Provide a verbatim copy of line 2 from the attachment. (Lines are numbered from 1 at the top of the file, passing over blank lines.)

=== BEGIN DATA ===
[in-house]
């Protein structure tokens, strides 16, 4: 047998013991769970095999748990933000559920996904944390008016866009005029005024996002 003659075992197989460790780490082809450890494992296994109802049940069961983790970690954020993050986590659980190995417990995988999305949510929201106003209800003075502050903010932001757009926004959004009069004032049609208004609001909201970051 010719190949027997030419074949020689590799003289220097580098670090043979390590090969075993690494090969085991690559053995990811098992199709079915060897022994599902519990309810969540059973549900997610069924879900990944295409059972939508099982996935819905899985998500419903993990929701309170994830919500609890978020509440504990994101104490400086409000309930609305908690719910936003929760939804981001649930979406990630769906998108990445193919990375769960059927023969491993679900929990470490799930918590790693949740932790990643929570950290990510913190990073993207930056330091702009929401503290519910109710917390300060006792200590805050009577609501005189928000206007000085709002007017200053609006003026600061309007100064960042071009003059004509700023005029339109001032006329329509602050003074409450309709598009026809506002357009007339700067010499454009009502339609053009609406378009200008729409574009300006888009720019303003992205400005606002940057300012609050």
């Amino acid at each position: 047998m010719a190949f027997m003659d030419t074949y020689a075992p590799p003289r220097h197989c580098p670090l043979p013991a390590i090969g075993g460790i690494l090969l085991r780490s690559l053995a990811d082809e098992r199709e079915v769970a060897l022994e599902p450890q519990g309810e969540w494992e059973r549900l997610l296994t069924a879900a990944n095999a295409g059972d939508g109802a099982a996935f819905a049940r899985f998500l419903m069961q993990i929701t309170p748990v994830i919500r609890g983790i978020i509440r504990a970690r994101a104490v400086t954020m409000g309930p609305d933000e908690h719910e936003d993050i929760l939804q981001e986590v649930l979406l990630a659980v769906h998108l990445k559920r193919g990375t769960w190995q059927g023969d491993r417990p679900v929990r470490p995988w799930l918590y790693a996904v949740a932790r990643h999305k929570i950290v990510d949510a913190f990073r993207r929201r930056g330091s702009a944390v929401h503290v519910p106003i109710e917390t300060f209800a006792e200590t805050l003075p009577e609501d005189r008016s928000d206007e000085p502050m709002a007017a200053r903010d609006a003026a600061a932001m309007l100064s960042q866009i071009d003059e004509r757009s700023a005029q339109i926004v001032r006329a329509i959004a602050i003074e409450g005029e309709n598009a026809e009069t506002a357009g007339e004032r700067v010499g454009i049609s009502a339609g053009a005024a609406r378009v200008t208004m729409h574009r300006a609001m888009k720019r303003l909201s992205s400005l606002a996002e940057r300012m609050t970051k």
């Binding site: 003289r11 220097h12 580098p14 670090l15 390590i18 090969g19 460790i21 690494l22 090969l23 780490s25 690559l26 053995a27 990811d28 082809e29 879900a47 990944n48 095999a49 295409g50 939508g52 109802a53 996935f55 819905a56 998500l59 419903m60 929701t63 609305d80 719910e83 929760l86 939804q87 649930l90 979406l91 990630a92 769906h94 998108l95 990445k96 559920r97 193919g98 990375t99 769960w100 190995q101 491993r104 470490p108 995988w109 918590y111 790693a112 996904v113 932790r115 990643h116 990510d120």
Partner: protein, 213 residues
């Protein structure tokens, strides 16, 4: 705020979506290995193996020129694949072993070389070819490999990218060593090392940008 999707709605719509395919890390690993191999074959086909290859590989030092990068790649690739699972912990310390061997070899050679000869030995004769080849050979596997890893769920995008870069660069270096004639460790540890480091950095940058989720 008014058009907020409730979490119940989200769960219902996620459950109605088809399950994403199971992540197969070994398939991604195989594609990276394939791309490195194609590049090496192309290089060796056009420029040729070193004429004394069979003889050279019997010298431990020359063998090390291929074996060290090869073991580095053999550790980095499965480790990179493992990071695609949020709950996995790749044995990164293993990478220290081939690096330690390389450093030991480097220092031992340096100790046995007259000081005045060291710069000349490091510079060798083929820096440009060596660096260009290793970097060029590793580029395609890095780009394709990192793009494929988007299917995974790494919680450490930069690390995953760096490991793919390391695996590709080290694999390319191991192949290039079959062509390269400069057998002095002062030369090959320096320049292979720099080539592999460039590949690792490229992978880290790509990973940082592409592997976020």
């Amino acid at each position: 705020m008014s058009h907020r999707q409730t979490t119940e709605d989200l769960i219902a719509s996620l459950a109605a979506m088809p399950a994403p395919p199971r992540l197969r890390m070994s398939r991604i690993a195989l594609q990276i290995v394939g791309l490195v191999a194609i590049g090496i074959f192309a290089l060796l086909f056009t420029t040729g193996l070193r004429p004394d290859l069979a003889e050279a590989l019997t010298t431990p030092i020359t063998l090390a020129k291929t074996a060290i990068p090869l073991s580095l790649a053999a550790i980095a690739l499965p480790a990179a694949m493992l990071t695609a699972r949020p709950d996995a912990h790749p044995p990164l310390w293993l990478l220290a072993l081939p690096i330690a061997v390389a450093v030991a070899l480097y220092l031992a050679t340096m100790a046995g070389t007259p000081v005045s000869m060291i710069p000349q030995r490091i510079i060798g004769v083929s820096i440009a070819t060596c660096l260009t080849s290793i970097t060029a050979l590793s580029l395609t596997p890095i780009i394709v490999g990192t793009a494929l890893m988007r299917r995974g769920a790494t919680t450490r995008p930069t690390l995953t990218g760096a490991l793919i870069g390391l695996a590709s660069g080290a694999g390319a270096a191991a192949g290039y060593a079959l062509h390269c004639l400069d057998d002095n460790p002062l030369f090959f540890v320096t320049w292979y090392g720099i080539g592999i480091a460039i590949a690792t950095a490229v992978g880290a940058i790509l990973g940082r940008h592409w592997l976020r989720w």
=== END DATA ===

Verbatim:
């Protein structure tokens, strides 16, 4: 047998013991769970095999748990933000559920996904944390008016866009005029005024996002 003659075992197989460790780490082809450890494992296994109802049940069961983790970690954020993050986590659980190995417990995988999305949510929201106003209800003075502050903010932001757009926004959004009069004032049609208004609001909201970051 010719190949027997030419074949020689590799003289220097580098670090043979390590090969075993690494090969085991690559053995990811098992199709079915060897022994599902519990309810969540059973549900997610069924879900990944295409059972939508099982996935819905899985998500419903993990929701309170994830919500609890978020509440504990994101104490400086409000309930609305908690719910936003929760939804981001649930979406990630769906998108990445193919990375769960059927023969491993679900929990470490799930918590790693949740932790990643929570950290990510913190990073993207930056330091702009929401503290519910109710917390300060006792200590805050009577609501005189928000206007000085709002007017200053609006003026600061309007100064960042071009003059004509700023005029339109001032006329329509602050003074409450309709598009026809506002357009007339700067010499454009009502339609053009609406378009200008729409574009300006888009720019303003992205400005606002940057300012609050």